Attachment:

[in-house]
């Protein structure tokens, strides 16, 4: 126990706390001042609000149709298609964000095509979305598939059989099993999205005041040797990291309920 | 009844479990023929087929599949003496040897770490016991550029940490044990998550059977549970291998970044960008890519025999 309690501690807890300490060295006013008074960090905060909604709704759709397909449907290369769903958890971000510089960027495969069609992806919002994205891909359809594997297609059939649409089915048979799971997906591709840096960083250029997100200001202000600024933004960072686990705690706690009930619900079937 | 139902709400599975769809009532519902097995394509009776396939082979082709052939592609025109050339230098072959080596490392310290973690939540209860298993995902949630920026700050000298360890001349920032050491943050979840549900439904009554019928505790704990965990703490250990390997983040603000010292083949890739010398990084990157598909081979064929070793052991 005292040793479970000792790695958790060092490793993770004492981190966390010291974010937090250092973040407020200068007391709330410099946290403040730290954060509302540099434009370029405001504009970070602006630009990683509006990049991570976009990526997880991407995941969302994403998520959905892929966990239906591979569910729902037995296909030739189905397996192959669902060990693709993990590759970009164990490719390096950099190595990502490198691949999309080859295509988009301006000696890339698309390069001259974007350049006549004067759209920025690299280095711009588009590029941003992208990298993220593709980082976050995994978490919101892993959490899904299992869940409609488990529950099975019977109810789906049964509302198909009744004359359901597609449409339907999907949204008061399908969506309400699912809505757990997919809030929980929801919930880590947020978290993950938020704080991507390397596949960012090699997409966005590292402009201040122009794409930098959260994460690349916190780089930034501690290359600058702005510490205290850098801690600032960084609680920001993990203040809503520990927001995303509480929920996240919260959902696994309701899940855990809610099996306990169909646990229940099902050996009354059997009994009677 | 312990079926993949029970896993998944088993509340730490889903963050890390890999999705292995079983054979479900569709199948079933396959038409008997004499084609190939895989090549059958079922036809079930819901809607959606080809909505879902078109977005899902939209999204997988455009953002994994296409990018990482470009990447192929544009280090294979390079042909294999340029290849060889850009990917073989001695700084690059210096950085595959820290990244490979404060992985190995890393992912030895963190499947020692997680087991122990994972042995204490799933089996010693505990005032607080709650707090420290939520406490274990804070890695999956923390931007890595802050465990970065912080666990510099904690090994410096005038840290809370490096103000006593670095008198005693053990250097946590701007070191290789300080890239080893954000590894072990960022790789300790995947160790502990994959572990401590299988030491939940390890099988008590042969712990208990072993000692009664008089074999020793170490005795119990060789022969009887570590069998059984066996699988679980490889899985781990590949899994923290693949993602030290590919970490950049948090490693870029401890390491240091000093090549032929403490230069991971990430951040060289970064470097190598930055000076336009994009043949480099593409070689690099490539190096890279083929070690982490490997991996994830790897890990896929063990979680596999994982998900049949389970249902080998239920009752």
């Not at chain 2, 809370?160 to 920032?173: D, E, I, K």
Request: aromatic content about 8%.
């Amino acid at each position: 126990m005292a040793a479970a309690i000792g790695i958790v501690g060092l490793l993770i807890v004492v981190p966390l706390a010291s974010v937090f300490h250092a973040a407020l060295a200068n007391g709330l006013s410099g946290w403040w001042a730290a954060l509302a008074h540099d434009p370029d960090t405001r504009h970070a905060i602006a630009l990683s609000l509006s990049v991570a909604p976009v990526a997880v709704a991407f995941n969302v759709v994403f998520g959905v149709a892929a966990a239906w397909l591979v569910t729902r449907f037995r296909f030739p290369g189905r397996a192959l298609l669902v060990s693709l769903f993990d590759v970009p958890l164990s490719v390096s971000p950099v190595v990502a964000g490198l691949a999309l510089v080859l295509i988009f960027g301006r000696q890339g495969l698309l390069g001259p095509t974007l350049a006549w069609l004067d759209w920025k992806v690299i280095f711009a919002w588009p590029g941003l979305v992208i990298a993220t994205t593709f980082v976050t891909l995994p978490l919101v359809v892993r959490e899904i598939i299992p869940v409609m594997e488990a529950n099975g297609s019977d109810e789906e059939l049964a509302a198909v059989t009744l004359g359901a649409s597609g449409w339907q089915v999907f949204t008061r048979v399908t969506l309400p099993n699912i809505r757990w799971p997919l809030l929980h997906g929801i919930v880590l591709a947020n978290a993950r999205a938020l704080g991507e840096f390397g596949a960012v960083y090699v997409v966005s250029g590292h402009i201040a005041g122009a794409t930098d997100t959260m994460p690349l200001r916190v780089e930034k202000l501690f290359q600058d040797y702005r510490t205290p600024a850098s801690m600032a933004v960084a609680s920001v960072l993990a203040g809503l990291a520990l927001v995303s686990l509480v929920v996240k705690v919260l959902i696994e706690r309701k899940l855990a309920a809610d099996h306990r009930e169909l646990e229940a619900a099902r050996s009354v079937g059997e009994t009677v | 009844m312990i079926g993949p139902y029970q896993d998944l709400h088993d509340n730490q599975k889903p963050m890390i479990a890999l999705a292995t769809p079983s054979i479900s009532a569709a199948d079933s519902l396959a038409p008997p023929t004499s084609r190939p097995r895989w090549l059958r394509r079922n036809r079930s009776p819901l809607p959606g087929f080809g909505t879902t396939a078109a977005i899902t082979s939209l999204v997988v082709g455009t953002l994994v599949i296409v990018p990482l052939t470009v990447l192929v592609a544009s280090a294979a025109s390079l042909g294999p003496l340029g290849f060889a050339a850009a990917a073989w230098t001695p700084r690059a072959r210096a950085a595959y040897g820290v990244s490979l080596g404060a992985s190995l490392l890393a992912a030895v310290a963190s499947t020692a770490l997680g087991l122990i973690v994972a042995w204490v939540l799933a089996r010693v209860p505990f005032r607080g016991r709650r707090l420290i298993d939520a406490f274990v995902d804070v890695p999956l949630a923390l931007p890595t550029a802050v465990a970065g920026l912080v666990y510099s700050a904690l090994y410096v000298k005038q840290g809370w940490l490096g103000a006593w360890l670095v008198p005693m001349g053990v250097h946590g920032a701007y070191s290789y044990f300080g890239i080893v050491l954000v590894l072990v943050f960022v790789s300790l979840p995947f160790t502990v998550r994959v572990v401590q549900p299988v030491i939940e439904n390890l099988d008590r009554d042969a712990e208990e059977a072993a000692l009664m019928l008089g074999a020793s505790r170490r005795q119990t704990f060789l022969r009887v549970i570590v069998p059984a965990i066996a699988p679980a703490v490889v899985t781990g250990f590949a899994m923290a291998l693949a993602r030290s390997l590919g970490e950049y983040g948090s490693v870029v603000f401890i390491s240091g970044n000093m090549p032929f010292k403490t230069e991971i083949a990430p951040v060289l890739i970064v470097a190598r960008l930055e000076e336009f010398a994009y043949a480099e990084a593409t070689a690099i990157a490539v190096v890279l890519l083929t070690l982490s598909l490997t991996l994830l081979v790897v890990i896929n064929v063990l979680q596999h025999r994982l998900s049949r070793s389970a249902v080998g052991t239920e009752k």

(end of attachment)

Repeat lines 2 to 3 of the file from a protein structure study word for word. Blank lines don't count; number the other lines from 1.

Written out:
């Protein structure tokens, strides 16, 4: 126990706390001042609000149709298609964000095509979305598939059989099993999205005041040797990291309920 | 009844479990023929087929599949003496040897770490016991550029940490044990998550059977549970291998970044960008890519025999 309690501690807890300490060295006013008074960090905060909604709704759709397909449907290369769903958890971000510089960027495969069609992806919002994205891909359809594997297609059939649409089915048979799971997906591709840096960083250029997100200001202000600024933004960072686990705690706690009930619900079937 | 139902709400599975769809009532519902097995394509009776396939082979082709052939592609025109050339230098072959080596490392310290973690939540209860298993995902949630920026700050000298360890001349920032050491943050979840549900439904009554019928505790704990965990703490250990390997983040603000010292083949890739010398990084990157598909081979064929070793052991 005292040793479970000792790695958790060092490793993770004492981190966390010291974010937090250092973040407020200068007391709330410099946290403040730290954060509302540099434009370029405001504009970070602006630009990683509006990049991570976009990526997880991407995941969302994403998520959905892929966990239906591979569910729902037995296909030739189905397996192959669902060990693709993990590759970009164990490719390096950099190595990502490198691949999309080859295509988009301006000696890339698309390069001259974007350049006549004067759209920025690299280095711009588009590029941003992208990298993220593709980082976050995994978490919101892993959490899904299992869940409609488990529950099975019977109810789906049964509302198909009744004359359901597609449409339907999907949204008061399908969506309400699912809505757990997919809030929980929801919930880590947020978290993950938020704080991507390397596949960012090699997409966005590292402009201040122009794409930098959260994460690349916190780089930034501690290359600058702005510490205290850098801690600032960084609680920001993990203040809503520990927001995303509480929920996240919260959902696994309701899940855990809610099996306990169909646990229940099902050996009354059997009994009677 | 312990079926993949029970896993998944088993509340730490889903963050890390890999999705292995079983054979479900569709199948079933396959038409008997004499084609190939895989090549059958079922036809079930819901809607959606080809909505879902078109977005899902939209999204997988455009953002994994296409990018990482470009990447192929544009280090294979390079042909294999340029290849060889850009990917073989001695700084690059210096950085595959820290990244490979404060992985190995890393992912030895963190499947020692997680087991122990994972042995204490799933089996010693505990005032607080709650707090420290939520406490274990804070890695999956923390931007890595802050465990970065912080666990510099904690090994410096005038840290809370490096103000006593670095008198005693053990250097946590701007070191290789300080890239080893954000590894072990960022790789300790995947160790502990994959572990401590299988030491939940390890099988008590042969712990208990072993000692009664008089074999020793170490005795119990060789022969009887570590069998059984066996699988679980490889899985781990590949899994923290693949993602030290590919970490950049948090490693870029401890390491240091000093090549032929403490230069991971990430951040060289970064470097190598930055000076336009994009043949480099593409070689690099490539190096890279083929070690982490490997991996994830790897890990896929063990979680596999994982998900049949389970249902080998239920009752």
């Not at chain 2, 809370?160 to 920032?173: D, E, I, K």